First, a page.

PO330 Public Administration

for F2LL 2006

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Mission Statement: The mission of Park University, an entrepreneurial institution of learning, is to provide access to academic excellence, which will prepare learners to think critically, communicate effectively and engage in lifelong learning while serving a global community.

Vision Statement: Park University will be a renowned international leader in providing innovative educational opportunities for learners within the global society.


PO 330 Public Administration


F2LL 2006 LR


Bohannon, Alan L.


Instructor / Adjunct Faculty

Office Location


Office Hours

By Appointment

Daytime Phone


Other Phone






Semester Dates

16 Oct - 10 Dec 2006

Class Days


Class Time

6:00 - 9:00 PM

Credit Hours


Milakovich, Michael & Gordan, George., "Public Administration in America", 8th Ed., Wadsworth, Belmont, CA  2004.   ISBN: 0-534-61857-X

Textbooks can be purchased through the MBS bookstore

Additional Resources:
Binder, "Research & Term Paper Guide" and "Using Modern Language Association (MLA) Format Guide", supplied by Instructor.

McAfee Memorial Library - Online information, links, electronic databases and the Online catalog. Contact the library for further assistance via email or at 800-270-4347.
Career Counseling - The Career Development Center (CDC) provides services for all stages of career development.  The mission of the CDC is to provide the career planning tools to ensure a lifetime of career success.
Park Helpdesk - If you have forgotten your OPEN ID or Password, or need assistance with your PirateMail account, please email helpdesk@park.edu or call 800-927-3024
Resources for Current Students - A great place to look for all kinds of information http://www.park.edu/Current/.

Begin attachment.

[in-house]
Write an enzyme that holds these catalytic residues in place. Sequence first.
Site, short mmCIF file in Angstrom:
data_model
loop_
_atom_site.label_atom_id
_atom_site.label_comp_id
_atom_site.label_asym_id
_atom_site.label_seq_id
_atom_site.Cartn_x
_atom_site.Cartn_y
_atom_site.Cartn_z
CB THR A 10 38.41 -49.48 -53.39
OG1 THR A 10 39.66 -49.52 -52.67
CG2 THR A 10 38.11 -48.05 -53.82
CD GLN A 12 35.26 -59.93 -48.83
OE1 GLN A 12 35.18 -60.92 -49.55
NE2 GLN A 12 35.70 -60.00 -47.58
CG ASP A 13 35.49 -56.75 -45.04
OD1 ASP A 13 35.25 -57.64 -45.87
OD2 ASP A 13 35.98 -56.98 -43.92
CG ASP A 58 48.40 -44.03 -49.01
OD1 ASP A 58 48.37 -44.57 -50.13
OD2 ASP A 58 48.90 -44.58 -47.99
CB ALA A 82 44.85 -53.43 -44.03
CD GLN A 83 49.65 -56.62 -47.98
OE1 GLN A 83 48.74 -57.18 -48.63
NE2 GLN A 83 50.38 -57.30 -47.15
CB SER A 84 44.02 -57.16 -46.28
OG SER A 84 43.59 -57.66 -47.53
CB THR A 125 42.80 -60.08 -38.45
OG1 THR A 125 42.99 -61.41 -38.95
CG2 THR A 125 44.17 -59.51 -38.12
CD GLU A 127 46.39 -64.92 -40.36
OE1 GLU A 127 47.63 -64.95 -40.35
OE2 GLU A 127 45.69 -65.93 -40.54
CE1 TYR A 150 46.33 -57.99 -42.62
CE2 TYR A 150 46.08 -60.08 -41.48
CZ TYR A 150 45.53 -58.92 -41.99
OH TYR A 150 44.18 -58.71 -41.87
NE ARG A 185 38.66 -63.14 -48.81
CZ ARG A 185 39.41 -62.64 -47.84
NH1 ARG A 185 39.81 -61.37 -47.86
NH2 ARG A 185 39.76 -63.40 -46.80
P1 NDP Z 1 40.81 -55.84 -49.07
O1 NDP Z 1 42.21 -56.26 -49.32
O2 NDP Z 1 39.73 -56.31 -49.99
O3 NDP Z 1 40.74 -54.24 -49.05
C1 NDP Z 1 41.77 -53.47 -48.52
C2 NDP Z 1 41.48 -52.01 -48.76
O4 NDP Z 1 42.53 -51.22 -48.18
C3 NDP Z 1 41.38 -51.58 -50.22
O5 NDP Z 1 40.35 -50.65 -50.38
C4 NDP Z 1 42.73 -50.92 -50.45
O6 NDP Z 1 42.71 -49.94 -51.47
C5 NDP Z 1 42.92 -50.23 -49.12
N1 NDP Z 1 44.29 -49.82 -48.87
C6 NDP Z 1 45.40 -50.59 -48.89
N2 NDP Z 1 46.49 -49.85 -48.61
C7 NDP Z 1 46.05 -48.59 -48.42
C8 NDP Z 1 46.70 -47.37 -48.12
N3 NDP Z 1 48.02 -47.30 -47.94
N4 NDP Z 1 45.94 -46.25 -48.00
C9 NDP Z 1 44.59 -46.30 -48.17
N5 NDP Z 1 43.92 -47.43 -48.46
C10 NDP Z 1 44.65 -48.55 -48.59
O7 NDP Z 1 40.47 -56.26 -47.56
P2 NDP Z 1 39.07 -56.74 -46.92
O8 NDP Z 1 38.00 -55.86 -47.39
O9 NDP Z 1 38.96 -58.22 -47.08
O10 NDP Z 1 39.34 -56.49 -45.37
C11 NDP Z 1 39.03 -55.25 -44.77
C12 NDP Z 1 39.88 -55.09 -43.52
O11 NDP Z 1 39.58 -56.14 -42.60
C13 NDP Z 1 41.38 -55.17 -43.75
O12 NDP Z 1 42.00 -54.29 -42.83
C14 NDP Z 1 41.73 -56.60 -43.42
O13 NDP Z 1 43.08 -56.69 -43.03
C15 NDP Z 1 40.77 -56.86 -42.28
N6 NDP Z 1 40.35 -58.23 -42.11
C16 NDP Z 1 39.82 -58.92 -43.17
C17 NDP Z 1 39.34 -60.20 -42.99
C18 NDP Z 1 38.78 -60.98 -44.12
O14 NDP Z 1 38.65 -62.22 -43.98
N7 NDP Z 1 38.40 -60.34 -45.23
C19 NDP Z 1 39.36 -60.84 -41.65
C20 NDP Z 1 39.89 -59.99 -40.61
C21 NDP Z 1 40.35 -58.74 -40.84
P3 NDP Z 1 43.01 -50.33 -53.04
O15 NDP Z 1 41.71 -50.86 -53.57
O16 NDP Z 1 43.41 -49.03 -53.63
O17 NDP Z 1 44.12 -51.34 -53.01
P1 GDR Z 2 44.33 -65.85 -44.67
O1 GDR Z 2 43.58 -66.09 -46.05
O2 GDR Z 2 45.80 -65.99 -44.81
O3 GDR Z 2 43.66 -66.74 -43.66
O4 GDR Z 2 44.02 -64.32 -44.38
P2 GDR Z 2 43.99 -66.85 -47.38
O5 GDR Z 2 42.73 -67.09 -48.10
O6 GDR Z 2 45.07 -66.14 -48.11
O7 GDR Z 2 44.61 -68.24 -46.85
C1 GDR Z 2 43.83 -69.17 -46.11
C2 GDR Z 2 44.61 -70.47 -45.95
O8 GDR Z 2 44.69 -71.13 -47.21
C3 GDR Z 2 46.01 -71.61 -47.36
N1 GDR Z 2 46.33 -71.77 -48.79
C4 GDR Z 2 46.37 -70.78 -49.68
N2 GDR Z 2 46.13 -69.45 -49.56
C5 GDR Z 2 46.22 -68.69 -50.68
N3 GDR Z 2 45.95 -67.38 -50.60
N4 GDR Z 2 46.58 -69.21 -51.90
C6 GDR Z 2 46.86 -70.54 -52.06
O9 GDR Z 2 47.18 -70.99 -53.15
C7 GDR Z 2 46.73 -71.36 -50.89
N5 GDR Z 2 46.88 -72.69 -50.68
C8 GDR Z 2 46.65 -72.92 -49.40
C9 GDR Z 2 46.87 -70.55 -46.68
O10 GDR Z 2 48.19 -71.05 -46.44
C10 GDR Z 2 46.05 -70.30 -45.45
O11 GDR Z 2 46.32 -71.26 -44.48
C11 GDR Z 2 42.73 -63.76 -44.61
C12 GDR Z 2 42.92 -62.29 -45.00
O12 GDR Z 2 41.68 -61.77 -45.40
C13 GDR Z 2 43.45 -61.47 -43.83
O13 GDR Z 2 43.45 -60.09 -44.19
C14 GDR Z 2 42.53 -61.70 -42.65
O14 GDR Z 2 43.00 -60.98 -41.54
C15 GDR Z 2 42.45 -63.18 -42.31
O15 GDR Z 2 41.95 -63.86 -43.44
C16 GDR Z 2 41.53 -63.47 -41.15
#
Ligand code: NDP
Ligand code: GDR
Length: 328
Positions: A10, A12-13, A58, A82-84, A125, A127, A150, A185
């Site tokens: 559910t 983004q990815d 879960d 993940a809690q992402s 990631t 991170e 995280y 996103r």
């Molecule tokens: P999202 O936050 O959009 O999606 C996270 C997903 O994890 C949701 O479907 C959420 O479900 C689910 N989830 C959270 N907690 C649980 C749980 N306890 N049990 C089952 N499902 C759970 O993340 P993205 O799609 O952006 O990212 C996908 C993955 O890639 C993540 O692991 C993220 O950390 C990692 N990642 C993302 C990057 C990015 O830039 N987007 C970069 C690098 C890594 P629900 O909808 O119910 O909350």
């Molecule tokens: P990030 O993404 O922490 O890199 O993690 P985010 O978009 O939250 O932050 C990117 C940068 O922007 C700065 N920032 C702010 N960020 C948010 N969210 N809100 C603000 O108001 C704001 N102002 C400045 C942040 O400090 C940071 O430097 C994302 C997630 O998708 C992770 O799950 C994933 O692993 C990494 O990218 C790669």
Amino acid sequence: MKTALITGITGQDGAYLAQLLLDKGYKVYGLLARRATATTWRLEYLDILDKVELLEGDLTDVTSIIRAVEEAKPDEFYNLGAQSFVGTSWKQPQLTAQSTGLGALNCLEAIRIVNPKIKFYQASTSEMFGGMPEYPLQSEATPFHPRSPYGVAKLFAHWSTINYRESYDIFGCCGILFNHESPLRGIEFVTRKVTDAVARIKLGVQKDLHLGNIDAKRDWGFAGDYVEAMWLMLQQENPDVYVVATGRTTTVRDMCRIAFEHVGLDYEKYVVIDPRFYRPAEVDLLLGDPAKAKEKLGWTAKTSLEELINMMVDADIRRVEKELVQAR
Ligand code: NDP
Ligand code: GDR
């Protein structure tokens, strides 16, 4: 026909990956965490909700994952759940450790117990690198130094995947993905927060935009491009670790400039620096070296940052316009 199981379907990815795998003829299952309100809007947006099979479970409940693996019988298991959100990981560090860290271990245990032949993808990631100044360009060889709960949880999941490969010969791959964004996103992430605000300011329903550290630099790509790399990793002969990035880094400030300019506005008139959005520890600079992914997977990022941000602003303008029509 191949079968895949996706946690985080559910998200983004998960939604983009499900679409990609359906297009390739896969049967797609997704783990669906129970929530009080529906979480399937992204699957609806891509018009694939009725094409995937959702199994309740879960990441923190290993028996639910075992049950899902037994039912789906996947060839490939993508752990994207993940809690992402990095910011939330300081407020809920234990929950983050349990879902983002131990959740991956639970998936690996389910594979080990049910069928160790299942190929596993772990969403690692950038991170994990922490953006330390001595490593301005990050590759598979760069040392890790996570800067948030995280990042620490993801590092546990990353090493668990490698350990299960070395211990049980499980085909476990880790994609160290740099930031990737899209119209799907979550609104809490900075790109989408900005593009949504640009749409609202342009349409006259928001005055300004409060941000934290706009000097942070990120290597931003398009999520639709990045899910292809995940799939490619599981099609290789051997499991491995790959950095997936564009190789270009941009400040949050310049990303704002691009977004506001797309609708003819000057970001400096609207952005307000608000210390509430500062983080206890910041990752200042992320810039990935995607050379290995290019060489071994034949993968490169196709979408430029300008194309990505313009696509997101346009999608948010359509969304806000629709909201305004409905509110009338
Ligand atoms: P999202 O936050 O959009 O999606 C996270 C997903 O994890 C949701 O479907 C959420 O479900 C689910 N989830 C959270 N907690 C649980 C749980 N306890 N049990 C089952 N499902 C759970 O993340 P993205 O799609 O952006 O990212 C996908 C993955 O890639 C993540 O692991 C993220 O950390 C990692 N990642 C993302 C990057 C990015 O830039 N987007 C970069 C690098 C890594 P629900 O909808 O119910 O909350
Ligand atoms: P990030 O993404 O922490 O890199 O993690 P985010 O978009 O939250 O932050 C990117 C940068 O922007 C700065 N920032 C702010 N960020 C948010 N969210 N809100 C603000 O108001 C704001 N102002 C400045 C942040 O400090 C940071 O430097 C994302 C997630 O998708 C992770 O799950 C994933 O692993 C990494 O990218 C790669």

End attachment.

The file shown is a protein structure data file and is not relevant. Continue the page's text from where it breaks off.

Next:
Course Description:
Principles and problems of public administration in America.  Special attention is given to the problems of democratic control and the development of basic concepts of the field.  3:0:3

Educational Philosophy:
To provide the student with an understanding of public administration to include, but not limited to, budgets, personnel, policy and procedures and public perceptions of administrative practices within organizations.  This course will attempt to teach each student the importance of public administration within a democratic society. Lecture, discussions, and problem solving individually and in-groups will take place in the classroom.  Prior to each scheduled class, the student is required to read assigned chapters and do any written work assigned.  Testing will include two bi-weekly exams and a final, as well as a research paper.

Learning Outcomes:
  Core Learning Outcomes

  1. Describe public administration in America and its historical developments.
  2. Describe bureaucratic organizations.
  3. Describe public personnel systems.
  4. Describe public budgetary systems.
  5. Describe public organization management.
  6. Describe administrative law procedures.
  7. Describe decision making in a public organization.
  8. Describe policy making in administrative agencies.
  9. Describe ethical considerations in public administration.

  Instructor Learning Outcomes
  1. Understand the growth of Public Administration (PA) and examine PA as a field of study.
  2. Describe the governmental system in which PA and policy making operate and examine the underlying values of American administrative practice.
  3. Know the focus of bureaucratic power and the role of the "bureauratic state."
  4. Recognize the dynamic nature of federalism and intergrovernmental (national/state/local) relations.
  5. Review the evolution of organizational theory and discuss the internal dynamics of organization.
  6. Examine administrative decision making as well as ethics, rationality, personal & organizational goals and other influences.
  7. Analyze administrative leadership as it relates to chief executives and thier organizations.
  8. Understand the personnel & human resources development function, training, and skills development.
  9. Examine the budget process.